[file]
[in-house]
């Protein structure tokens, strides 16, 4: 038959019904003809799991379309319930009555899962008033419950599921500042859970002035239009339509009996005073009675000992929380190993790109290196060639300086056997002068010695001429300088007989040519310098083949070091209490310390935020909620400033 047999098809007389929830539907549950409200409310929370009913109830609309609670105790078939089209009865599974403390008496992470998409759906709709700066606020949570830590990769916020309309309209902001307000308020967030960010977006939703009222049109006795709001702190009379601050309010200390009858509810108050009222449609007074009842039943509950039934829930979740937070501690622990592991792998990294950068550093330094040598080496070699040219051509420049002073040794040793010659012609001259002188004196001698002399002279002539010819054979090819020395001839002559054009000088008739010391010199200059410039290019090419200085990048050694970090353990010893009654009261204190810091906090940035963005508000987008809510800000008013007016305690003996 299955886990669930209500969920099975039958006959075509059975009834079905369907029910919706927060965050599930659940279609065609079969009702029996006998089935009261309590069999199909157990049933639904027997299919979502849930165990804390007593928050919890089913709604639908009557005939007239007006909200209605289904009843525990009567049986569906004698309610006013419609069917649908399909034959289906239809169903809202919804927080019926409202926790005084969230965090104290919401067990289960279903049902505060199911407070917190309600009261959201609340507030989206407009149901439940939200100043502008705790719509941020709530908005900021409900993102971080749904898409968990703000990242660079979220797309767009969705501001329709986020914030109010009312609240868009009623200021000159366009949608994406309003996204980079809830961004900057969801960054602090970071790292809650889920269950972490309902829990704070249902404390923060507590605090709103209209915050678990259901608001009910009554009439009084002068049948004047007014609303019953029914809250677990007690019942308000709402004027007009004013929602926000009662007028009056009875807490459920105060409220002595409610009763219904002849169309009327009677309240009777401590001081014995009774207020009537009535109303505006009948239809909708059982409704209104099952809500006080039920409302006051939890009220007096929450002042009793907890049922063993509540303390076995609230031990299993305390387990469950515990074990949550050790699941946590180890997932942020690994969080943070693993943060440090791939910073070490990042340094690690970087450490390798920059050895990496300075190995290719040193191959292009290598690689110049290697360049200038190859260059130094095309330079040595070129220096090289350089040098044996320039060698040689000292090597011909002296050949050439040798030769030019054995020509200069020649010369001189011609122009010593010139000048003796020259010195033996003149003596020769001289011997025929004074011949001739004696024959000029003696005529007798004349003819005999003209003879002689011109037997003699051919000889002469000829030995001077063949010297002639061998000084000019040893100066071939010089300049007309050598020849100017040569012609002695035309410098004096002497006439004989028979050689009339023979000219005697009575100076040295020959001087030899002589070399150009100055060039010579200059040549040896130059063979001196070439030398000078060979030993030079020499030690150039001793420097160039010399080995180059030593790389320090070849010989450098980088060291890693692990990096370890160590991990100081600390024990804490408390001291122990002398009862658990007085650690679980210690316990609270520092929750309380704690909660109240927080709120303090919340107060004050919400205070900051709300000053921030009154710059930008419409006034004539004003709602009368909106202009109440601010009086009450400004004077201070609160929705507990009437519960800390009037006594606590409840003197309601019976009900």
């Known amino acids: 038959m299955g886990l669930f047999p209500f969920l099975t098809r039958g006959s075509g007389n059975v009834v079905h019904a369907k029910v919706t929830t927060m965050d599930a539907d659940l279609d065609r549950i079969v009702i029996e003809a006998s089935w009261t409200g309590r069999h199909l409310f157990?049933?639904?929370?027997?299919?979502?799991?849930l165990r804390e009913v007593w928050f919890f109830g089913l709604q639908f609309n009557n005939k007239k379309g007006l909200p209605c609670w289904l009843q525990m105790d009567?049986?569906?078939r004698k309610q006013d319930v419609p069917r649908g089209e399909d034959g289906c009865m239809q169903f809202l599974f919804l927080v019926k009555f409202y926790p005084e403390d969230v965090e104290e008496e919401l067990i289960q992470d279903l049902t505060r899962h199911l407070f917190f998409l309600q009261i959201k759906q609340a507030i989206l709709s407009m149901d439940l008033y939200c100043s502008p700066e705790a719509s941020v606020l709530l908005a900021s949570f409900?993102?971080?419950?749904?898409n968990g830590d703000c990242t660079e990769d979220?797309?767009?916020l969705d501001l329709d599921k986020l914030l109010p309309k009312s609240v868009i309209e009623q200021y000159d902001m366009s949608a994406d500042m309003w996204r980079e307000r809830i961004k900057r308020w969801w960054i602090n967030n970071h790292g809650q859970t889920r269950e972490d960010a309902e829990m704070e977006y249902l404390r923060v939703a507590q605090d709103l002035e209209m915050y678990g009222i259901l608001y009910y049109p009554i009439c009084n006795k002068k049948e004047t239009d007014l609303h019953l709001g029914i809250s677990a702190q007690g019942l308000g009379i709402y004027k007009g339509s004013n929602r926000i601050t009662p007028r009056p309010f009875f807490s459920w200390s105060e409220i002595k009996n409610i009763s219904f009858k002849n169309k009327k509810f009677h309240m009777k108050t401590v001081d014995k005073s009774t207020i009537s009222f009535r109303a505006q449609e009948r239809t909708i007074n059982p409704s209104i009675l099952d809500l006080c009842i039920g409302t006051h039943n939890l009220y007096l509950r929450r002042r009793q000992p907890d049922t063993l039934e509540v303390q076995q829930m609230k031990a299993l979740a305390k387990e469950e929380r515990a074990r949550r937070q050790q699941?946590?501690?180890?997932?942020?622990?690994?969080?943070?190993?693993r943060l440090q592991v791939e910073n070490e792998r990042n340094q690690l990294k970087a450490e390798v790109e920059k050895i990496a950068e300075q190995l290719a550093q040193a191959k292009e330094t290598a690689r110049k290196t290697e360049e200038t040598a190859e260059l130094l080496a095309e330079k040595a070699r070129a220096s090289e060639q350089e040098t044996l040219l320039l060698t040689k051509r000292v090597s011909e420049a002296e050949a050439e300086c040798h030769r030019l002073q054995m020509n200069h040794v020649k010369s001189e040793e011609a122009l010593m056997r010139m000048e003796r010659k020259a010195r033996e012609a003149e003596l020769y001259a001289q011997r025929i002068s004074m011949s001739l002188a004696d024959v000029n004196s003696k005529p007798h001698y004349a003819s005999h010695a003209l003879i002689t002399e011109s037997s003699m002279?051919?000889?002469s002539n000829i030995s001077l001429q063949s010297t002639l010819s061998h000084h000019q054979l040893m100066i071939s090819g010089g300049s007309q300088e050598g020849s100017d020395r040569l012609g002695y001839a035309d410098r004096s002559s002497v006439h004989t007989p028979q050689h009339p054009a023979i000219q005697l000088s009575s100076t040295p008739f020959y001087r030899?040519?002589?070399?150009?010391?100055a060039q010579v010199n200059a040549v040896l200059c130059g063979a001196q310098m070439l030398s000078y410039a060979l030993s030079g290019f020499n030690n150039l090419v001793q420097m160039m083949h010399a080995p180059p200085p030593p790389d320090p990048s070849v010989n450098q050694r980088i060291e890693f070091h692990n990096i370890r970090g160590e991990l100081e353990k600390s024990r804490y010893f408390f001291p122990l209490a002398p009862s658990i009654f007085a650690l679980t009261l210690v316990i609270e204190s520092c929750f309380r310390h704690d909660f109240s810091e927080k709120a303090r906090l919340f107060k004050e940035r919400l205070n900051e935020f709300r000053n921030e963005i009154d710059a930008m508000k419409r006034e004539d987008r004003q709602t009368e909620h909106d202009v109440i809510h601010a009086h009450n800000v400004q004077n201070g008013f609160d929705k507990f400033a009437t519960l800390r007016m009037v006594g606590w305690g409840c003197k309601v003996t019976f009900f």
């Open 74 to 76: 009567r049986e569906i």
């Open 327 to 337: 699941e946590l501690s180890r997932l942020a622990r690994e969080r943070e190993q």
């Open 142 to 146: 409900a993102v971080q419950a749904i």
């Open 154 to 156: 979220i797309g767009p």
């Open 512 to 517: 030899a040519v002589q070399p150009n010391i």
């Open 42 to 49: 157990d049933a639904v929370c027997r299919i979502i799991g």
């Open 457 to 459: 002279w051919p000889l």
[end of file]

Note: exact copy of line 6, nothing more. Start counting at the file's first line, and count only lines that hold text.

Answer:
């Open 142 to 146: 409900a993102v971080q419950a749904i």